The books are set in the Roaring Twenties -- and, indeed, part of the pleasure of reading them is the amount of research of the period that author Kerry Greenwood has undertaken. Our heroine, Phyrne Fisher, is an aristocrat with an unusual past: she was born into poverty in Melbourne, Australia. Her father had a far-removed relative of nobility, but it wasn't until several of the gentlemen between her father and the title died off that Phyrne's father was able to inherit. Phryne now finds herself with an official title ("the Honourable Phyrne Fisher"), a vast fortune, and a life of opportunities available to her.



After spending some years in London, she returns to Australia at the request of one of her fellow aristocrats, who have hired her to track down their daughter and rescue her from her husband (who they believe may be poisoning her). The case is recounted in the first book in the series, Cocaine Blues, which contains not only a crackling good puzzle with lots of twists and turns, but also introduces the reader to Phryne and her new family. Because, as it turns out, a life in Australia suits Phryne after all.

Phyrne has been described by her author as a female take on James Bond; her skills range from solving mysteries to flying planes. She's poised and eminently stylish, and has a zeal for adventure that befits an unofficial P.I. But she is also possessed of an incredibly huge heart, and she quickly fills her large Australian house with a new family: Dot, her official maid and unofficial "Dr. Watson," who Phryne rescued from a life on the streets; and her two adopted daughters, Jane and Ruth, who she rescues from orphaned poverty and slavery. She also has a romantic interest or three, although Phryne has no intention of settling down ...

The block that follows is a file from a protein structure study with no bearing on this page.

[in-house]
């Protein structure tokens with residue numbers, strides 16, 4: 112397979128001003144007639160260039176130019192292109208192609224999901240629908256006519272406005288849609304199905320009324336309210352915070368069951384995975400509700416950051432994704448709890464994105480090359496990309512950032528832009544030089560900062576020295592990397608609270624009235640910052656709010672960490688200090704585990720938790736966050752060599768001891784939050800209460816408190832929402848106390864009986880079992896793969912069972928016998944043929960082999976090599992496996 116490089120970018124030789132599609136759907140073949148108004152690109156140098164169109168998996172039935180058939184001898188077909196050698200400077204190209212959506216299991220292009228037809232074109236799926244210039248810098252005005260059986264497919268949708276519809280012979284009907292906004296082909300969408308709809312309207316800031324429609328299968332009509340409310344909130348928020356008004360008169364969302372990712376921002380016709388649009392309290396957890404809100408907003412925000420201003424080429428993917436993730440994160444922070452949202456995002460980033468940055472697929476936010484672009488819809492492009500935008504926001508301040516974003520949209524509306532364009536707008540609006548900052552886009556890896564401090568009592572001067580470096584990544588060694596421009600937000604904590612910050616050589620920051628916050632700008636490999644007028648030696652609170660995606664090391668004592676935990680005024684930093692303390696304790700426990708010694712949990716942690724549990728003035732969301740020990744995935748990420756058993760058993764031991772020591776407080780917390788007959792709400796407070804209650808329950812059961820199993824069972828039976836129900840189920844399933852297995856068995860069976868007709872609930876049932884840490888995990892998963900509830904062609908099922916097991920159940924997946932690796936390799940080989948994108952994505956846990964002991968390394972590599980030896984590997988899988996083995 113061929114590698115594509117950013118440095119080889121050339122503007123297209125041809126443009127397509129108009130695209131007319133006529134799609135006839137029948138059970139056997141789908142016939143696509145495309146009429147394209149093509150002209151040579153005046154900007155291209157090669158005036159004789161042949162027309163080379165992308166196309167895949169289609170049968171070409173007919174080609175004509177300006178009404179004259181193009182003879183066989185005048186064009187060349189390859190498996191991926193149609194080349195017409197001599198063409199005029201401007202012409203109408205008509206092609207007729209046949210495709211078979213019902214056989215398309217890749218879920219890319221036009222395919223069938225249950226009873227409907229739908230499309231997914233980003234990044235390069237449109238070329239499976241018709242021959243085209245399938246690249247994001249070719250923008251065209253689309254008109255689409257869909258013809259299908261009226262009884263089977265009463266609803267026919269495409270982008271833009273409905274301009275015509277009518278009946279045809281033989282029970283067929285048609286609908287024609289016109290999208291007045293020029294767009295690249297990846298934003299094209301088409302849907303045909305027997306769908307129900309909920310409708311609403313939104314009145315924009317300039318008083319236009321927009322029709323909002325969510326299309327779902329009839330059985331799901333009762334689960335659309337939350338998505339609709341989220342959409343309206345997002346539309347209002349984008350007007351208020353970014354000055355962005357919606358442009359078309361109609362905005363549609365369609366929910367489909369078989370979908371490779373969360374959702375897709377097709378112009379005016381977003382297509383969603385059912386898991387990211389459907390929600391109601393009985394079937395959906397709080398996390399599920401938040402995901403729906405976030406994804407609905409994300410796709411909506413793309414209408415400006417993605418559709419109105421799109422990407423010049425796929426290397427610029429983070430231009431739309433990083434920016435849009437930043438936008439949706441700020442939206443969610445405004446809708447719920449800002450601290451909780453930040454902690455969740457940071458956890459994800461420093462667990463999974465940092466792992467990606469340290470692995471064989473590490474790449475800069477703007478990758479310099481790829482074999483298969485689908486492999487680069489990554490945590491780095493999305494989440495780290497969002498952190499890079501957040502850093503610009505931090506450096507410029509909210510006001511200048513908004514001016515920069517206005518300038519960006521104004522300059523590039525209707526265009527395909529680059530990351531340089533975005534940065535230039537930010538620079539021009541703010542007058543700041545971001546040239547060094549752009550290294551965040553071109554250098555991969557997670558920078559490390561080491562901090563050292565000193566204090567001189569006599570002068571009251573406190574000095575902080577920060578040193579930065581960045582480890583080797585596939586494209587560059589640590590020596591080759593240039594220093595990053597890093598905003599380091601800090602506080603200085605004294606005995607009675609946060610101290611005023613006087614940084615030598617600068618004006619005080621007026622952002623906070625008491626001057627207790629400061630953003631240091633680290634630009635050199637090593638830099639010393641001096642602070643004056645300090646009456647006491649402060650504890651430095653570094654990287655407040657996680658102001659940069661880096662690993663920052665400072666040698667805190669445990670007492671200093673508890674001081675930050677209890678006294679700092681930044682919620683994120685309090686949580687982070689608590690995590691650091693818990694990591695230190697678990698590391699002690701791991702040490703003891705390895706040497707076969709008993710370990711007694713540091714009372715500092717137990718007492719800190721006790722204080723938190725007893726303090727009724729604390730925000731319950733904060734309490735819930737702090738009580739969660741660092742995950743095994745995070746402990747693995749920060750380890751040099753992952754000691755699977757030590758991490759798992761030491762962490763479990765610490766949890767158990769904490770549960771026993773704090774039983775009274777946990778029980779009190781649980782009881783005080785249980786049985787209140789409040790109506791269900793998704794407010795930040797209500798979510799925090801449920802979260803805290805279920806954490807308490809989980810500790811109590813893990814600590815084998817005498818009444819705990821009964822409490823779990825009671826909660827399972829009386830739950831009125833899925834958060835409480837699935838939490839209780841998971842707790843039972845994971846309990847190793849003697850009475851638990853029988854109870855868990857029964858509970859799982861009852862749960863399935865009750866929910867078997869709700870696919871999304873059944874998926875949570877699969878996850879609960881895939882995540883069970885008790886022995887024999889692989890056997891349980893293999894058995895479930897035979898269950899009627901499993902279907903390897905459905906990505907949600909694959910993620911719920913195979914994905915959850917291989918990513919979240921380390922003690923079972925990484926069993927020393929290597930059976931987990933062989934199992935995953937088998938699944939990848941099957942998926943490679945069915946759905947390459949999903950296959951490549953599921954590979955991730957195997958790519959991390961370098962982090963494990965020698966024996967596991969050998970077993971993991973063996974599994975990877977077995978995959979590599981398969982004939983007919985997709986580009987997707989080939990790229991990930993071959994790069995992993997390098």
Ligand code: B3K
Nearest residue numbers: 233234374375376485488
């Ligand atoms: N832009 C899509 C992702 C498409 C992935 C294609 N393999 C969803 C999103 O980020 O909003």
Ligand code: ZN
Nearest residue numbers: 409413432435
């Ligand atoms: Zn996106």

It's precisely her mixture of independence and kindness, of stubbornness and compassion, that makes Phryne such a rich and engaging character. It also makes her quite a lot of fun to read about, making the Phryne Fisher series one that any mystery fan may want to take out for a spin.


She also has a tendency to drive too fast. Like, really too fast. Don't try this at home.



Books


1. Cocaine Blues
2. Flying Too High
3. Murder on the Ballarat Train
4. Death at Victoria Dock
5. The Green Mill Murder
6. Blood and Circuses
7. Ruddy Gore 
8. Urn Burial
9. Raisins and Almonds
10. Death Before Wicket
11. Away with the Fairies
12. Murder in Montparnasse
13. The Castlemaine Murders
14. Queen of the Flowers
15. Death by Water
16. Murder in the Dark 
17. Murder on a Midsummer Night 
18. Dead Man's Chest
19. Unnatural Habits
20. Murder and Mendelssohn
A Question of Death [short story collection]



Television Series

Miss Fisher's Murder Mysteries: Series One [DVD]
Series One on Blu-ray

Miss Fisher's Murder Mysteries: Series Two [DVD]




"He sounds like he might bear more investigation," said Dot.

"Did he fancy her?" asked Ruth. "It might be a tale of forbidden love."